Another problem is that there are some difficulty spikes with boss battles which are in stark contrast to the easy fights. As grinding is only limited in that there are simply not enough enemies to fight, the big fights suddenly throw challenges against players who will have some major problems defeating them. Even if autosaving prevents going through the dungeon-motions like in so many JRPGS with a safe spot far away, these parts are still frustrating.
A picture book Halloween flavor
Despite the obvious flaws in storytelling and gameplay, what is maybe the most important thing in a game set during Halloween is how the atmosphere is captured. This is done remarkably well by the sound and graphics design. Even though the engine doesn’t impress with state-of-the-art effects, the unique style more than makes up for this with cardboard-like characters and a world bathed in warm colors which re-enact the season of the witch. Animations and background never seem to be incongruous but rather complement each other as in a cartoony picture one is immersed in. There aren’t a lot of places to visit, as the game is pretty linear, but these are well realized and are simply fun to walk around in.
The soundtrack is also pretty catchy with some nice parts which could be directly taken from various classic horror movies like Halloween itself. The only problem is that after a while the tunes repeat themselves, because there are simply not enough variations in the tunes. Voice acting is absent as well which makes some scenes when the music stops and only text is shown a bit of an atmosphere breaker. The speed of text is another concern for those who can’t read fast enough (and even for those who can), which is a shame, because the lines are usually quite funny but can’t be read again in a journal, as is usually an indispensable option in text-heavy RPGs.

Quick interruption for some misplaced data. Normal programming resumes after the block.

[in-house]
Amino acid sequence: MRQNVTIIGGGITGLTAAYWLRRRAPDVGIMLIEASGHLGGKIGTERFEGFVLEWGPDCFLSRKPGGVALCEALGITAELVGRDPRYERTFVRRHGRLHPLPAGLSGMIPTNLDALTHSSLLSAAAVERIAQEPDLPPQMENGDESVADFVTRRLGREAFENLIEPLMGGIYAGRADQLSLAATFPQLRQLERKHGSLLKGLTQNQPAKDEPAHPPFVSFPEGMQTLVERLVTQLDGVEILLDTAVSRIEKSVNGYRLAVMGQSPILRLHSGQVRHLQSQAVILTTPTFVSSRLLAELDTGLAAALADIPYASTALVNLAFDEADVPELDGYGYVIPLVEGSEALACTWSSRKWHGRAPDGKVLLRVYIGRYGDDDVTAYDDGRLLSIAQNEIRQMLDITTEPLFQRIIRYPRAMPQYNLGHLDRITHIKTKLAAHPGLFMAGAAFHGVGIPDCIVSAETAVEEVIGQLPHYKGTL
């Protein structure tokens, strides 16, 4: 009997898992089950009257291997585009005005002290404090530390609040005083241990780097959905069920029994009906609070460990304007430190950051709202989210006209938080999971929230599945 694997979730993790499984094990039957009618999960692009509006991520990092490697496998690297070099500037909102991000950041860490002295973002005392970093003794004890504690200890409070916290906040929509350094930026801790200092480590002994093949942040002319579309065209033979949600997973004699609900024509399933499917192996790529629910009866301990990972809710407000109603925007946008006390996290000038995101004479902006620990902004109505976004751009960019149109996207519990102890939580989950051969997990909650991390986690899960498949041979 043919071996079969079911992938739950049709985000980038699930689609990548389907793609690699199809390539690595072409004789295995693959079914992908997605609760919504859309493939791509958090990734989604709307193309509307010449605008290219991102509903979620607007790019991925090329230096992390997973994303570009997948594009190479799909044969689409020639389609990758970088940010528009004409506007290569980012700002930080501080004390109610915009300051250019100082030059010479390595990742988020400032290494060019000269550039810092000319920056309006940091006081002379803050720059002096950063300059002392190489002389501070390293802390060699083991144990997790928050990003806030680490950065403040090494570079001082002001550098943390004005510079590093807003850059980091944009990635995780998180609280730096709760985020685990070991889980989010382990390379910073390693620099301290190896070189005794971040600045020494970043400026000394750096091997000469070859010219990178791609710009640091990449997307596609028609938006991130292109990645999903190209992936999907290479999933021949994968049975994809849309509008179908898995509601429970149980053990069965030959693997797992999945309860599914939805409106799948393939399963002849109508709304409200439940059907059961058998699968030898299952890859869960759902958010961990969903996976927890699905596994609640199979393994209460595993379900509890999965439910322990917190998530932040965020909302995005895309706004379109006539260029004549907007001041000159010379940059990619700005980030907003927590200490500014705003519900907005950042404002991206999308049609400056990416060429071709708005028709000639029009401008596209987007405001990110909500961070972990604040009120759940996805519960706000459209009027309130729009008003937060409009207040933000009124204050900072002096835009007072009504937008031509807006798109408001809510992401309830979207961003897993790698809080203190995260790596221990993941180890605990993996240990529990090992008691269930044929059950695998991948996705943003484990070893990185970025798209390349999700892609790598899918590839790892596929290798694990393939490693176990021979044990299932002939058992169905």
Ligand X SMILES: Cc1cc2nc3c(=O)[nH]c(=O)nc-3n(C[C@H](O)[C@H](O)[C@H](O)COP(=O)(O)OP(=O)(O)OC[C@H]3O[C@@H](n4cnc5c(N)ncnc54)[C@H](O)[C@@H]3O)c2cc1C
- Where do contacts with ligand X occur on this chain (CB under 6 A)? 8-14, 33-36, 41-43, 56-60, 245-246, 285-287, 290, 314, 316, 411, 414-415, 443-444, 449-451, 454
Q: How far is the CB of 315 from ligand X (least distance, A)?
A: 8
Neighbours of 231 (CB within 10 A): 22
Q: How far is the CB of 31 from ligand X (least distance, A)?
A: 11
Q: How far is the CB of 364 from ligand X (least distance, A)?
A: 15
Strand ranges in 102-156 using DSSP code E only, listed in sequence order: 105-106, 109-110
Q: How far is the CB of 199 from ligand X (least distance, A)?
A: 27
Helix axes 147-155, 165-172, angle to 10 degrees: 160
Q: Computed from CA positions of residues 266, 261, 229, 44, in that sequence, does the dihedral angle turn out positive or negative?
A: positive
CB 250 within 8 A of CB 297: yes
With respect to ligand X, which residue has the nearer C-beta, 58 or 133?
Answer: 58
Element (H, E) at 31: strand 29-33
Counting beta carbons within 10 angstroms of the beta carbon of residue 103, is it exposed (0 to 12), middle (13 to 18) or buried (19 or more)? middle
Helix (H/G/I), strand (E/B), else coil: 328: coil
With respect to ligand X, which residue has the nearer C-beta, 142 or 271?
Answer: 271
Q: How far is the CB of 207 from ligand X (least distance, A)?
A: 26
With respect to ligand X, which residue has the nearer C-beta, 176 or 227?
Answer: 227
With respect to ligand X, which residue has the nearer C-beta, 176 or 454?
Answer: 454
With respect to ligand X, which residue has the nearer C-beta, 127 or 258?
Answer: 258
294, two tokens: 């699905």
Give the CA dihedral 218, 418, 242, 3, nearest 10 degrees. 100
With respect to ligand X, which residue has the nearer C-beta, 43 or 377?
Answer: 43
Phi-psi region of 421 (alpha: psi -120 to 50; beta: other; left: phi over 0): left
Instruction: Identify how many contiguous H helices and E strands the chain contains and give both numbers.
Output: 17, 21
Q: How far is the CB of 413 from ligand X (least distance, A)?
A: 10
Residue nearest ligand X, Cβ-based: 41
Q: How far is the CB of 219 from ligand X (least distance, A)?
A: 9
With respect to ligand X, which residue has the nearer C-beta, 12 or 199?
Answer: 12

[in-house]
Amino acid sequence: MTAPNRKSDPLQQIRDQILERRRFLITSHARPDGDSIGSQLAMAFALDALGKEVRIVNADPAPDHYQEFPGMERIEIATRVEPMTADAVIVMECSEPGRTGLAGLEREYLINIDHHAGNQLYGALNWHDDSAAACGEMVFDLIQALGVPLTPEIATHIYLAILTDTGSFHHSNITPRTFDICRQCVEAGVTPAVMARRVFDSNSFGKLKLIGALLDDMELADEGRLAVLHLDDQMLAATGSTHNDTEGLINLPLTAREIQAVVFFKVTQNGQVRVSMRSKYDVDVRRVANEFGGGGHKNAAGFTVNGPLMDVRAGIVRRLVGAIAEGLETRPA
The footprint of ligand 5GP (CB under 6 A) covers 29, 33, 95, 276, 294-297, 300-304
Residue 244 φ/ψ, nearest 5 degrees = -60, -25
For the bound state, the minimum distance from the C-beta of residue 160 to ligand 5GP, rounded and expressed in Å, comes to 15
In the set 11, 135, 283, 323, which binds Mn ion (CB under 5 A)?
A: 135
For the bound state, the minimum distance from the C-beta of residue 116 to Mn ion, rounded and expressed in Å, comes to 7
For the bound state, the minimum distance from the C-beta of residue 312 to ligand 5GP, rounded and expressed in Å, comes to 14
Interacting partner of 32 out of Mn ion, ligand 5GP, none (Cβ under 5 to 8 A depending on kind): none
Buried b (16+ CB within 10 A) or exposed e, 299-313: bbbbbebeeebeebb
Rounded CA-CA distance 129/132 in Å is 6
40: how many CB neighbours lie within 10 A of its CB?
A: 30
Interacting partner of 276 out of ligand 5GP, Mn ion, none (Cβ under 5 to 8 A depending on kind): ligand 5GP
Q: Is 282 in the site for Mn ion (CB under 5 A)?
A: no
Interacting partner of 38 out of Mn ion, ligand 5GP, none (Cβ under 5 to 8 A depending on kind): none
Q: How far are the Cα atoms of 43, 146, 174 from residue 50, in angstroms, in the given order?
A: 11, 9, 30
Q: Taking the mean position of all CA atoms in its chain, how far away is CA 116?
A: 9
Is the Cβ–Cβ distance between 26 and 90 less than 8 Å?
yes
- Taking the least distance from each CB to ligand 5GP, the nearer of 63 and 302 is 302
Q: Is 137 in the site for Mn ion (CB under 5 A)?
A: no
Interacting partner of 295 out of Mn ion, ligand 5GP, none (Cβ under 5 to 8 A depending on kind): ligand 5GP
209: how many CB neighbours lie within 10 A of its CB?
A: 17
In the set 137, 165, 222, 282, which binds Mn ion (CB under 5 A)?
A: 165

Casual roleplaying with puzzling effects
Costume Quest offers an interesting approach to combine RPG and adventure elements in a more accessible way. Double Fine Studios succeeds in so far that the fighting and costume equipping system is easy to learn and to master while putting the likeable if somewhat flat characters into a charming, colorful world. Only after playing for a while does one realize that the quests lack imagination, unnecessarily repeat themselves and that there’s simply not a lot to do besides smashing things, collecting candy and going from one door or realm to the next.